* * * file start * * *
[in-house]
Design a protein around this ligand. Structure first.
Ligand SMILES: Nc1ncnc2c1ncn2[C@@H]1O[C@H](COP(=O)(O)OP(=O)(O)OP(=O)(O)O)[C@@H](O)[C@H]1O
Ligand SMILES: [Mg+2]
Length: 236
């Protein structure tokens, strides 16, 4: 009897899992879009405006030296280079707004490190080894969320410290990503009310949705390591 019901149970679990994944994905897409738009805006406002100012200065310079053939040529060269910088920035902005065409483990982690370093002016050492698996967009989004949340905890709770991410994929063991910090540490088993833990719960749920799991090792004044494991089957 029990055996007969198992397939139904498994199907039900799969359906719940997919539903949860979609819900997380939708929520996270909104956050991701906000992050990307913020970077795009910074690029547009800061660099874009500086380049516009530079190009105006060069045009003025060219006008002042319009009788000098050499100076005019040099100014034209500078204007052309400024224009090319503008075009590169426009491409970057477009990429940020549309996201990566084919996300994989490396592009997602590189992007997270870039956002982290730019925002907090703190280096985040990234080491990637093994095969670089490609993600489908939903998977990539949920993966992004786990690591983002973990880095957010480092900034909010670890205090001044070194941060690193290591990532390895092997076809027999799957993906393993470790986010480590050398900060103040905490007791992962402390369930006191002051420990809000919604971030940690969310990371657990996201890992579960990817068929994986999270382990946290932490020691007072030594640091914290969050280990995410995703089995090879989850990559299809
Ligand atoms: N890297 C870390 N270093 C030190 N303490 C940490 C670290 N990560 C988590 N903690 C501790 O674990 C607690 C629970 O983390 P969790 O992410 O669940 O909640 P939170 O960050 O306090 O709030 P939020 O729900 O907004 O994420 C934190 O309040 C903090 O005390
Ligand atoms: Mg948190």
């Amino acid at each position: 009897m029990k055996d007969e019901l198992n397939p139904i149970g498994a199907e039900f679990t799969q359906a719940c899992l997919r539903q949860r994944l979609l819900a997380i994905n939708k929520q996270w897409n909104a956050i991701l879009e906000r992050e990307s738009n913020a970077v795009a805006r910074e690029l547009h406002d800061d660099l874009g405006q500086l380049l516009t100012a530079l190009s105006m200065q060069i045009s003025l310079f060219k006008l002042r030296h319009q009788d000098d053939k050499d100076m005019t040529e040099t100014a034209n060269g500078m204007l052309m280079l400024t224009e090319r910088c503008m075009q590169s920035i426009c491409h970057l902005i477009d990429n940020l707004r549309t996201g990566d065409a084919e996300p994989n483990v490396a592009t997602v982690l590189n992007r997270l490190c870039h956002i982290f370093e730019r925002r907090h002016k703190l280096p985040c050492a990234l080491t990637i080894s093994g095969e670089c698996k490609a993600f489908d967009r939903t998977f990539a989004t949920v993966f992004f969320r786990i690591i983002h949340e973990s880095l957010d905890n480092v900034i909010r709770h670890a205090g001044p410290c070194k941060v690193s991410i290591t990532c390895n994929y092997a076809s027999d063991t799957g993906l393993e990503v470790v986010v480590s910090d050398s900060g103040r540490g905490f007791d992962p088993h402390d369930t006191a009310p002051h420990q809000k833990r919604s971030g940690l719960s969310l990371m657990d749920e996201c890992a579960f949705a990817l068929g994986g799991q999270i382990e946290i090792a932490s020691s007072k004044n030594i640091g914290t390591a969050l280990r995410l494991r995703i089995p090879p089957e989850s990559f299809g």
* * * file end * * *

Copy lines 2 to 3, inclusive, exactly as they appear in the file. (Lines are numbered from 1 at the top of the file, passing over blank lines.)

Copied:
Design a protein around this ligand. Structure first.
Ligand SMILES: Nc1ncnc2c1ncn2[C@@H]1O[C@H](COP(=O)(O)OP(=O)(O)OP(=O)(O)O)[C@@H](O)[C@H]1O